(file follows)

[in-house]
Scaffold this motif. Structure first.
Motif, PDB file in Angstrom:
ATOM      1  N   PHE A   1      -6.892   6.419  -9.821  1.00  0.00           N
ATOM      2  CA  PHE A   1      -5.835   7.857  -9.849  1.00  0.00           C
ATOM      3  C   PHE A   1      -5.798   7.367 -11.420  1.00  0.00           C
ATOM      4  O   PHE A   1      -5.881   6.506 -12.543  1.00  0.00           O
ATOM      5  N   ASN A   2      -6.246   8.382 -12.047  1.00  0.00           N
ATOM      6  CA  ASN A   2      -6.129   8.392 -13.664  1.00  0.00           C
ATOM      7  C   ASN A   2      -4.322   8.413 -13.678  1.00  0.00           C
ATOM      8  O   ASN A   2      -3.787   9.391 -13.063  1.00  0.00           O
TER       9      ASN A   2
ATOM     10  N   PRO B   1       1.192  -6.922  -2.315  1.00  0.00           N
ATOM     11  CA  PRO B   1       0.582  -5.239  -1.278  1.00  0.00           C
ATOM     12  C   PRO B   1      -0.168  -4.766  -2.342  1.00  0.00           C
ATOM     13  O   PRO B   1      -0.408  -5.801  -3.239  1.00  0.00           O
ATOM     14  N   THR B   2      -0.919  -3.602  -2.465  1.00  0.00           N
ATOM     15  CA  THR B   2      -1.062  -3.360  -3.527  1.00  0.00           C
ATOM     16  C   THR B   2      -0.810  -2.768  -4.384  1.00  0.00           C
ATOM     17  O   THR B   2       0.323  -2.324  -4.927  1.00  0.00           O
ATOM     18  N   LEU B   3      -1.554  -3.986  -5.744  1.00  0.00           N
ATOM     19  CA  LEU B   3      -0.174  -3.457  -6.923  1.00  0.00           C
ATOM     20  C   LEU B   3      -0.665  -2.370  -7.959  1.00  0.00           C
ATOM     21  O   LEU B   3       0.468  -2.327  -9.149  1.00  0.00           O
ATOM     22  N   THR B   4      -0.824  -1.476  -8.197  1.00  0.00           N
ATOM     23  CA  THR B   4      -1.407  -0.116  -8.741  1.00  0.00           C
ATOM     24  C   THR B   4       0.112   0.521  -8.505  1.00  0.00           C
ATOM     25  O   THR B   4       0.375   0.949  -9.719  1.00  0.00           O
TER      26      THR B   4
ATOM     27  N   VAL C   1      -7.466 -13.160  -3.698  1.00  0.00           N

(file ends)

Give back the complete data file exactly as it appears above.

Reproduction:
[in-house]
Scaffold this motif. Structure first.
Motif, PDB file in Angstrom:
ATOM      1  N   PHE A   1      -6.892   6.419  -9.821  1.00  0.00           N
ATOM      2  CA  PHE A   1      -5.835   7.857  -9.849  1.00  0.00           C
ATOM      3  C   PHE A   1      -5.798   7.367 -11.420  1.00  0.00           C
ATOM      4  O   PHE A   1      -5.881   6.506 -12.543  1.00  0.00           O
ATOM      5  N   ASN A   2      -6.246   8.382 -12.047  1.00  0.00           N
ATOM      6  CA  ASN A   2      -6.129   8.392 -13.664  1.00  0.00           C
ATOM      7  C   ASN A   2      -4.322   8.413 -13.678  1.00  0.00           C
ATOM      8  O   ASN A   2      -3.787   9.391 -13.063  1.00  0.00           O
TER       9      ASN A   2
ATOM     10  N   PRO B   1       1.192  -6.922  -2.315  1.00  0.00           N
ATOM     11  CA  PRO B   1       0.582  -5.239  -1.278  1.00  0.00           C
ATOM     12  C   PRO B   1      -0.168  -4.766  -2.342  1.00  0.00           C
ATOM     13  O   PRO B   1      -0.408  -5.801  -3.239  1.00  0.00           O
ATOM     14  N   THR B   2      -0.919  -3.602  -2.465  1.00  0.00           N
ATOM     15  CA  THR B   2      -1.062  -3.360  -3.527  1.00  0.00           C
ATOM     16  C   THR B   2      -0.810  -2.768  -4.384  1.00  0.00           C
ATOM     17  O   THR B   2       0.323  -2.324  -4.927  1.00  0.00           O
ATOM     18  N   LEU B   3      -1.554  -3.986  -5.744  1.00  0.00           N
ATOM     19  CA  LEU B   3      -0.174  -3.457  -6.923  1.00  0.00           C
ATOM     20  C   LEU B   3      -0.665  -2.370  -7.959  1.00  0.00           C
ATOM     21  O   LEU B   3       0.468  -2.327  -9.149  1.00  0.00           O
ATOM     22  N   THR B   4      -0.824  -1.476  -8.197  1.00  0.00           N
ATOM     23  CA  THR B   4      -1.407  -0.116  -8.741  1.00  0.00           C
ATOM     24  C   THR B   4       0.112   0.521  -8.505  1.00  0.00           C
ATOM     25  O   THR B   4       0.375   0.949  -9.719  1.00  0.00           O
TER      26      THR B   4
ATOM     27  N   VAL C   1      -7.466 -13.160  -3.698  1.00  0.00           N